The Use and Benefits of Earned Value
These factors have been used to manage projects in the past, yet can they alone describe the real health of a project? In a word, no. An earned value management tool is a valuable partner when determining the answers to these and many other questions about the ongoing state of a project. Earned value fills the need when project success and the success of the company hang in the
balance in this fast paced, budget conscious 21st century.
Earned Value Management (EVM) is a methodology that has been in use since the 1960’s when the US Department of Defense adopted it as a standard method of measuring project performance. Its principles were set down as Cost/Schedule Control Systems Criteria
in the DoD’s financial management orders in 1967. However, the idea has actually been in existence since the 1800’s when industrial engineers wanted a way to measure performance on the factory floor.
My actual costs are less than my budget. Is my project doing well, or is
it behind schedule?
Earned value may be defined as the sum of the budgets for the work that is complete. Therefore, earned value for completed activities is equal to the total budget. For activities not yet begun, the earned value is zero. In order to measure the performance of activities in progress, you must come up with a system of measurement that includes objective judgments. The Earned Value Management System (EVMS) guidelines give a number of alternative methods for measuring the earned value of an activity in progress. These methods are often called earned value methodologies or performance measurement techniques (PMT). The basic theory behind all of the methodologies is to multiply the budget by a percentage complete to get the earned value.
In fact, results show that the average EAC based on the cumulative CPI was the lower end of the average cost at completion (Christensen 1996). Other common index-based EACs that are found to be higher are more accurate. In particular, studies show EACs based on both the CPI and the schedule performance index (SPI) tend to be significantly higher and are generally more accurate (Christensen 1996).
Using indicators such as the CPI and SPI, you can develop forecasts that are very accurate because they take into account both project
status and past cost performance.
My project manager or engineer keeps telling me not to worry about the cost overruns. The
rest of the work will cost less than budgeted. Is this probable?
Despite the widely known fact that the recoveries from cost overruns on defense contracts are extremely rare, analysis of 64 completed contracts shows that the final cost overruns estimated by the contractor were less than the current cost
overruns (Christensen 1993).
Upon reaching the 15% stage of completion, project performance seldom improves. As a matter of fact, after this point is reached, performance seldom exceeds the average performance-to-date and often deteriorates. The to complete performance index (TCPI) is the ratio of the remaining work to the remaining cost. It indicates the level of performance that you must achieve to reach a particular estimate at complete. The TCPI will help you examine the probability of the project costs matching a particular forecast.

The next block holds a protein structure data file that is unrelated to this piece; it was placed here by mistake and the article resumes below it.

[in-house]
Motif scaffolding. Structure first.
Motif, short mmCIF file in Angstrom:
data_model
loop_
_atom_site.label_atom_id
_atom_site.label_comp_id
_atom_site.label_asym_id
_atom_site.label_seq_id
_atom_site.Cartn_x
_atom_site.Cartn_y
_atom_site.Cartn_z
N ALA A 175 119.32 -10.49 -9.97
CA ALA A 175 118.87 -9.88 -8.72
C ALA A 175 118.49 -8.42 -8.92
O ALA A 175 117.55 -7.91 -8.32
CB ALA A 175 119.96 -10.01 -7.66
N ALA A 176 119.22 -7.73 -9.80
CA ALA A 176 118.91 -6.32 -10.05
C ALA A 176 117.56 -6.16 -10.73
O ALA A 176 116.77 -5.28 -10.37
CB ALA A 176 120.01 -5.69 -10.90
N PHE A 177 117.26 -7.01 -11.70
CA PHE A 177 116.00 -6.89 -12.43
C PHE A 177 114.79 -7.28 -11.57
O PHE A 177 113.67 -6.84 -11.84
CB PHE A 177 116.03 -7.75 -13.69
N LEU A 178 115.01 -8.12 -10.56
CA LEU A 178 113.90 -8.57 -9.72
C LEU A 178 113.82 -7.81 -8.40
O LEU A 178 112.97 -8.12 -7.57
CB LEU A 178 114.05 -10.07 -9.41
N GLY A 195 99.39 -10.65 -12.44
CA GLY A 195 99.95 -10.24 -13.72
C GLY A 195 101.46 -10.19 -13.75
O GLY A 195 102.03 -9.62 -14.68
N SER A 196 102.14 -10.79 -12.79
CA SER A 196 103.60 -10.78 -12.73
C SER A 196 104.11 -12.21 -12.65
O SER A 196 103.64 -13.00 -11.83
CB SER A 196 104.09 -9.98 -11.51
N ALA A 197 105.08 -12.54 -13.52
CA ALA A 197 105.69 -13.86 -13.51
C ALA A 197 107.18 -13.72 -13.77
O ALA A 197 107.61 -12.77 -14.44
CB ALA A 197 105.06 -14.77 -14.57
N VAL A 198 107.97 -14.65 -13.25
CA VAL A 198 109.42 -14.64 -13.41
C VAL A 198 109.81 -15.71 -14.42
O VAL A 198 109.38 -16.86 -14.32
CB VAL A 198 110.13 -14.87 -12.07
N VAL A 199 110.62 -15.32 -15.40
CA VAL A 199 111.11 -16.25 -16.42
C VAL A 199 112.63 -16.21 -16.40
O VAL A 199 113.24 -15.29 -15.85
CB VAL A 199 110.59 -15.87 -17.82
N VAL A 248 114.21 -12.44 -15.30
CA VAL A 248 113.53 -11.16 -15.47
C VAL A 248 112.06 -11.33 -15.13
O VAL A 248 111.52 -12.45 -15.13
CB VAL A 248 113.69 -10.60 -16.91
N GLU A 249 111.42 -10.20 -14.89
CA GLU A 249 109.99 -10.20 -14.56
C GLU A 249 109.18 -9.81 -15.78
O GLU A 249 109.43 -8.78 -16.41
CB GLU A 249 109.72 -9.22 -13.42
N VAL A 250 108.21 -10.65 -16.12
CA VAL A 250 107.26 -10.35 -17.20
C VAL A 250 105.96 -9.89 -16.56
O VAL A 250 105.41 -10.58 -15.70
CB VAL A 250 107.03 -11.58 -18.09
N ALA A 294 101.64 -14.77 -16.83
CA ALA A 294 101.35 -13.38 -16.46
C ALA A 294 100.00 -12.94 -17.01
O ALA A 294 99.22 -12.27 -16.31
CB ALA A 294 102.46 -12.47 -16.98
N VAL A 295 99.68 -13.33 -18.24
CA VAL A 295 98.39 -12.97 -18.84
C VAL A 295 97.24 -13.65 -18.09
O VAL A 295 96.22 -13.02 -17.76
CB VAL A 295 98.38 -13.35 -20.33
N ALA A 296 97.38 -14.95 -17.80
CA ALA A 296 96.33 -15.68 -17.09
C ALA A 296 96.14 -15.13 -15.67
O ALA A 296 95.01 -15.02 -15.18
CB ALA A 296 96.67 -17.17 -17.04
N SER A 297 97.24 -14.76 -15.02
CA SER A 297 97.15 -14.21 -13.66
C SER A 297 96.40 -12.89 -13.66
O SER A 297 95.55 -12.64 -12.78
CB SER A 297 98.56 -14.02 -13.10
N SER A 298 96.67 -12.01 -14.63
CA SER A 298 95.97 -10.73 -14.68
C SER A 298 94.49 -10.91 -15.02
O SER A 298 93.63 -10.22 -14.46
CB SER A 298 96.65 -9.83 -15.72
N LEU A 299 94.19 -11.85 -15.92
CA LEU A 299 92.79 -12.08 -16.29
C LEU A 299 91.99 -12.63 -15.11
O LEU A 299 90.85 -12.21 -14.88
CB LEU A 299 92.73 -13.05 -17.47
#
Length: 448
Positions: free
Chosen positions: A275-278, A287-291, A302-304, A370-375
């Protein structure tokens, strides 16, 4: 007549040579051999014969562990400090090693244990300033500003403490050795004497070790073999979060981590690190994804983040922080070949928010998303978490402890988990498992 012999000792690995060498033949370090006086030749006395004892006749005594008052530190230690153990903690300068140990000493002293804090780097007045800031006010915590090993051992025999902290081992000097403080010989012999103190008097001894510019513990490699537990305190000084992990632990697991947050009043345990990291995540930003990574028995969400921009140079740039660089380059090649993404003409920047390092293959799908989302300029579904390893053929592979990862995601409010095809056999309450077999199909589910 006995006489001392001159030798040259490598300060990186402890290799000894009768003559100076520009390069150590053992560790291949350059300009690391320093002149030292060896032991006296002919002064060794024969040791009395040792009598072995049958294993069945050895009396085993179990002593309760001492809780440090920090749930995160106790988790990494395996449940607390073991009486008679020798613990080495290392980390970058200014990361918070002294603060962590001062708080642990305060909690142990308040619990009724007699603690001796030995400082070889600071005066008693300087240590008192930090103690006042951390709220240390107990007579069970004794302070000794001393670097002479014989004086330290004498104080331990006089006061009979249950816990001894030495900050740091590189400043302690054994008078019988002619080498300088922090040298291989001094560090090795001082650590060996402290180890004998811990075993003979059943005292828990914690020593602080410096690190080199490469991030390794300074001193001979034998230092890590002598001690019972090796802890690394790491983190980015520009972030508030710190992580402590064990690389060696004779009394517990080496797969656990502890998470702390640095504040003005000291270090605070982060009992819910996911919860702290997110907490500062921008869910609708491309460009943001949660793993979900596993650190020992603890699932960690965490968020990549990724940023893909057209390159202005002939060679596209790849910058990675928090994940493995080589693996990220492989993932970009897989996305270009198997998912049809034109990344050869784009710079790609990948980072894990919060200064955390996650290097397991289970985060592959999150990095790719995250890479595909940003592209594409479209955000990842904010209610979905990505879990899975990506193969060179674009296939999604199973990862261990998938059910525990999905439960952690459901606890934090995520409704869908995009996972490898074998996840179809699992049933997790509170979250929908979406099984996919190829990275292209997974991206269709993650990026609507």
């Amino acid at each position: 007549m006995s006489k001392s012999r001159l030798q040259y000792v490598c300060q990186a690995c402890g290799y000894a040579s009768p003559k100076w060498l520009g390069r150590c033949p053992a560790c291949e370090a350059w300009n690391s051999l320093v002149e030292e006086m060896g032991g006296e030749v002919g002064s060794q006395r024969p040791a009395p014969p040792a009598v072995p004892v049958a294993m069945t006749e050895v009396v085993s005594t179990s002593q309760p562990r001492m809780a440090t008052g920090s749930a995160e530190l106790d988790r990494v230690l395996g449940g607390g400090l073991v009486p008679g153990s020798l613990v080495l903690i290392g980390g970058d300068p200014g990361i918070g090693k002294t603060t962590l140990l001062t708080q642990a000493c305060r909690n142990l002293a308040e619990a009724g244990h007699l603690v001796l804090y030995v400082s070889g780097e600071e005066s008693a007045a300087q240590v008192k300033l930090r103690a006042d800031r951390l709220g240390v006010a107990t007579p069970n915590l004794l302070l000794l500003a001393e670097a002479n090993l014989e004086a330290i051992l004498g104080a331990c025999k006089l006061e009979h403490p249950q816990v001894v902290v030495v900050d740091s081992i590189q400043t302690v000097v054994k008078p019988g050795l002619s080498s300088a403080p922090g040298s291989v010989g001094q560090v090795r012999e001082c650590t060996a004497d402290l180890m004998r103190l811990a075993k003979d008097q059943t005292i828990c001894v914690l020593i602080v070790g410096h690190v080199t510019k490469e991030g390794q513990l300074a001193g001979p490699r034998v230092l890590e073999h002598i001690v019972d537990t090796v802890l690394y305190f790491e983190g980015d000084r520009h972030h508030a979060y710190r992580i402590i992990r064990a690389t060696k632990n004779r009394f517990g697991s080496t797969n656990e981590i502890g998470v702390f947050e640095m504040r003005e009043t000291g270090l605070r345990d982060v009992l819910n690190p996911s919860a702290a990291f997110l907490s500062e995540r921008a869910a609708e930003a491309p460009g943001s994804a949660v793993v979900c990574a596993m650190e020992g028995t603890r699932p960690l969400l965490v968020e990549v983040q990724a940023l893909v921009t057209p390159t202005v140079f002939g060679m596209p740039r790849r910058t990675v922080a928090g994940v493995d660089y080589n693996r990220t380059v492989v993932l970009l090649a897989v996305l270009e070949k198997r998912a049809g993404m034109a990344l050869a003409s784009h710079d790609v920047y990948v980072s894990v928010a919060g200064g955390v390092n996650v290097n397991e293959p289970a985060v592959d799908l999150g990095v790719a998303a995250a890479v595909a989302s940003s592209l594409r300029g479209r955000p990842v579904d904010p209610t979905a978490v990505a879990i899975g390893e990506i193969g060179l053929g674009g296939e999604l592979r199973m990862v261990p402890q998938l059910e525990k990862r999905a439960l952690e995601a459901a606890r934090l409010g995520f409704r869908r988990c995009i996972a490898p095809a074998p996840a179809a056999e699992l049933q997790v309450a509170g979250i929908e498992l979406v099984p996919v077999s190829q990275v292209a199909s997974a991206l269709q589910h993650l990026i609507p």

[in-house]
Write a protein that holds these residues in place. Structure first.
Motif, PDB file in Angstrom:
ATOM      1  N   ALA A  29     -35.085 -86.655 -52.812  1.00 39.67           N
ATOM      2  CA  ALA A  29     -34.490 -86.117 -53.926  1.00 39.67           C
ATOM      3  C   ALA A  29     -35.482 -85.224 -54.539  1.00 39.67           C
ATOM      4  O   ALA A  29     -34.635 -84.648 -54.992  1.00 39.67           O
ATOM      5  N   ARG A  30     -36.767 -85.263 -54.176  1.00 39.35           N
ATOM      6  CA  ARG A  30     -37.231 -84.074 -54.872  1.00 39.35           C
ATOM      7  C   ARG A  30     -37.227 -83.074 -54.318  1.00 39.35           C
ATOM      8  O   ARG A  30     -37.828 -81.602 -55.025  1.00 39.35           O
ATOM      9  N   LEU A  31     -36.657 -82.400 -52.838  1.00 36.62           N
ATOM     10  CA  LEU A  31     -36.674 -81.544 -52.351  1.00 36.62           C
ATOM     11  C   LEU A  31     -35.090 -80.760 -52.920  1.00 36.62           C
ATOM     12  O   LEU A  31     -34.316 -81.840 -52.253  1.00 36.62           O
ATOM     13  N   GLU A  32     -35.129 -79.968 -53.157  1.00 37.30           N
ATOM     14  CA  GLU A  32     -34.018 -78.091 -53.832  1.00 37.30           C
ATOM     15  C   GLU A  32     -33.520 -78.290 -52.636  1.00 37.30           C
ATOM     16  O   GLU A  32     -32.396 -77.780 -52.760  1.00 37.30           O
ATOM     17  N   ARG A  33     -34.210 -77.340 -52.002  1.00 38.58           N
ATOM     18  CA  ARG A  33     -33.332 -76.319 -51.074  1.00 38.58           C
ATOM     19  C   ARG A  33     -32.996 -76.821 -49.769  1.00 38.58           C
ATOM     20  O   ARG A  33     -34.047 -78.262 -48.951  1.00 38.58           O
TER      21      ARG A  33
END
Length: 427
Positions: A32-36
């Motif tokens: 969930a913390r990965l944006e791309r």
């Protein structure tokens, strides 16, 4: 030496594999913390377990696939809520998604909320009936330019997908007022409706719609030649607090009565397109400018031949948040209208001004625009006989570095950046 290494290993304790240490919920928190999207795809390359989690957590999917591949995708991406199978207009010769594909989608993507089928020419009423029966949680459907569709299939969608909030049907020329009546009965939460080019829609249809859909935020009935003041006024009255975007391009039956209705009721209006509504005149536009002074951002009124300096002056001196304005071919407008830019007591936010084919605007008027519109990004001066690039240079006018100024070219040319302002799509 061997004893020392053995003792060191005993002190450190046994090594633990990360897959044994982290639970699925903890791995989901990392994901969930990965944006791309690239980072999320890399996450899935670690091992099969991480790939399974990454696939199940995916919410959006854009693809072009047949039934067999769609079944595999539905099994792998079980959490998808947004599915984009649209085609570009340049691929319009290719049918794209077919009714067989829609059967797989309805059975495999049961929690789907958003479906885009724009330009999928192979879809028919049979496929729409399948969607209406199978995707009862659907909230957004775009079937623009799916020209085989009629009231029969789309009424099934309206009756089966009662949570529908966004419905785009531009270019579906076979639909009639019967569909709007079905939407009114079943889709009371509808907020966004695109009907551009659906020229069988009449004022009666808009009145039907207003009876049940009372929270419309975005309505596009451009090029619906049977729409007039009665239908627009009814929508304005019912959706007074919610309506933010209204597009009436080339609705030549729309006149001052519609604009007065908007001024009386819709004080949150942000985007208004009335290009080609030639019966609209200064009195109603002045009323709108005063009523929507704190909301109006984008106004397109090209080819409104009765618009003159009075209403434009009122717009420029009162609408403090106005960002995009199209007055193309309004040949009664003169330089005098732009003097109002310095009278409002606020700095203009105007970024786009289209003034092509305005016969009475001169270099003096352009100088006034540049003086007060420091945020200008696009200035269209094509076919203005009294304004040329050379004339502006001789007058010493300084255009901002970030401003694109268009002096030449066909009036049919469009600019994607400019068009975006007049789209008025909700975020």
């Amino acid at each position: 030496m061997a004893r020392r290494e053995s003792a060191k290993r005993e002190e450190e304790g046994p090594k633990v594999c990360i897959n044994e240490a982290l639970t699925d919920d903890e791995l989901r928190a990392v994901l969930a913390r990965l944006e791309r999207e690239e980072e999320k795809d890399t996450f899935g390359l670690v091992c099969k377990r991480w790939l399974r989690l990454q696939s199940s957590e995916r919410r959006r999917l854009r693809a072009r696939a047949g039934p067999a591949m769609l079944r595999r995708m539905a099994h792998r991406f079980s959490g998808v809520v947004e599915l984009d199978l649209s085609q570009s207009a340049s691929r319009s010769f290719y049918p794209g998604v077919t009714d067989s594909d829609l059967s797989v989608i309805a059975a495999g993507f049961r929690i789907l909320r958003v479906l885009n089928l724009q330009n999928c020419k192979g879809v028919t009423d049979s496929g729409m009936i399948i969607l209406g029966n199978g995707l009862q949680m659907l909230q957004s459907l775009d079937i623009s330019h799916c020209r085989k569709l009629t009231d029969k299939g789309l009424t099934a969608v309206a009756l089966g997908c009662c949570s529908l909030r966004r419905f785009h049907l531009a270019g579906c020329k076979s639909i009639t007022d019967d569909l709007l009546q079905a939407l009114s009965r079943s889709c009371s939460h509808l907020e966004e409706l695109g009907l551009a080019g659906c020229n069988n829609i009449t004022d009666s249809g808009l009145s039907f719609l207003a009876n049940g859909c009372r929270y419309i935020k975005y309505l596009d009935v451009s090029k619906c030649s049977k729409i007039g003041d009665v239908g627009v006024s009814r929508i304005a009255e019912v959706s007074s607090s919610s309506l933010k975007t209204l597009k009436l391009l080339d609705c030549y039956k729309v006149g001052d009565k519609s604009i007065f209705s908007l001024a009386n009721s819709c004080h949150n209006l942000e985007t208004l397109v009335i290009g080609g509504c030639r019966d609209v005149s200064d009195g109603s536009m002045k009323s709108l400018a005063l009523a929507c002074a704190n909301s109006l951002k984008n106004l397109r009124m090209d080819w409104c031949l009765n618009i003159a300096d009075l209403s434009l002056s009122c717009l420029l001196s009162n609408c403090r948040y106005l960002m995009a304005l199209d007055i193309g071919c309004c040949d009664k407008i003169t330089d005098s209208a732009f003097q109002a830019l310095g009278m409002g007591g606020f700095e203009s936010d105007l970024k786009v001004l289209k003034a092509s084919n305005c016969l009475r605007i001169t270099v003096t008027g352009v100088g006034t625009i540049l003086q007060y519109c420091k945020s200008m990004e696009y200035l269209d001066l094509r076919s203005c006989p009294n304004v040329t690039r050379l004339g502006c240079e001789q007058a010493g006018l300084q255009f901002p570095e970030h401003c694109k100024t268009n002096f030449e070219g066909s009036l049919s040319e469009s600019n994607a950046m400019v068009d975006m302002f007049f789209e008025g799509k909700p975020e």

To Complete Performance Index
The TCPI is an index used to rate the probability of a forecast. It is also known as the CPI to EAC index as it is the CPI that is
required to meet a particular EAC.
TCPI = (budget – earned value)/(estimate at complete – actual cost)
The TCPI should be compared to the CPI of the project to date. Since the CPI of a project rarely improves once the project is greater than 20% complete, the TCPI should not be higher than the CPI. A TCPI that is greater than the CPI, shows an improvement in the performance and means that the EAC used in the formula is not probable.
Many conditions cause cost variances. You need to ask yourself if your project is taking more resources to do the work than you originally planned or if the resources are more expensive than planned. To accomplish this analysis, you compare the earned rate
to the actual rate and the budgeted hours to the actual hours.
For example, you might earn 100 hours and there are 100 actual hours. If your actual cost is much higher than the earned value,
then you have a rate variance as opposed to an efficiency variance. The rate variance is calculated using the following formula:
Any time that a cost variance is incurred during a project, it is important to determine what is causing the variance. Is it a rate variance or an efficiency variance? In addition to simply changing the final project cost, the work being performed should be investigated to see if there are any means of improving the situation. Earned value gives you the early warning you need to solve problems while the work is in progress before the actual costs are above the total budget.
In today’s competitive marketplace, the ability to deliver a project on time and within the agreed upon budget is imperative. Whether the contract is several months or several years in length, there is no time for games. We don’t want to monkey around keeping our eyes, ears, and mouths covered about problems such as cost overruns and schedule delays
that can – and do – inevitably rear their ugly heads. We want to be prepared for all eventualities, and earned value gives us the
early warning signs needed to accomplish our goals.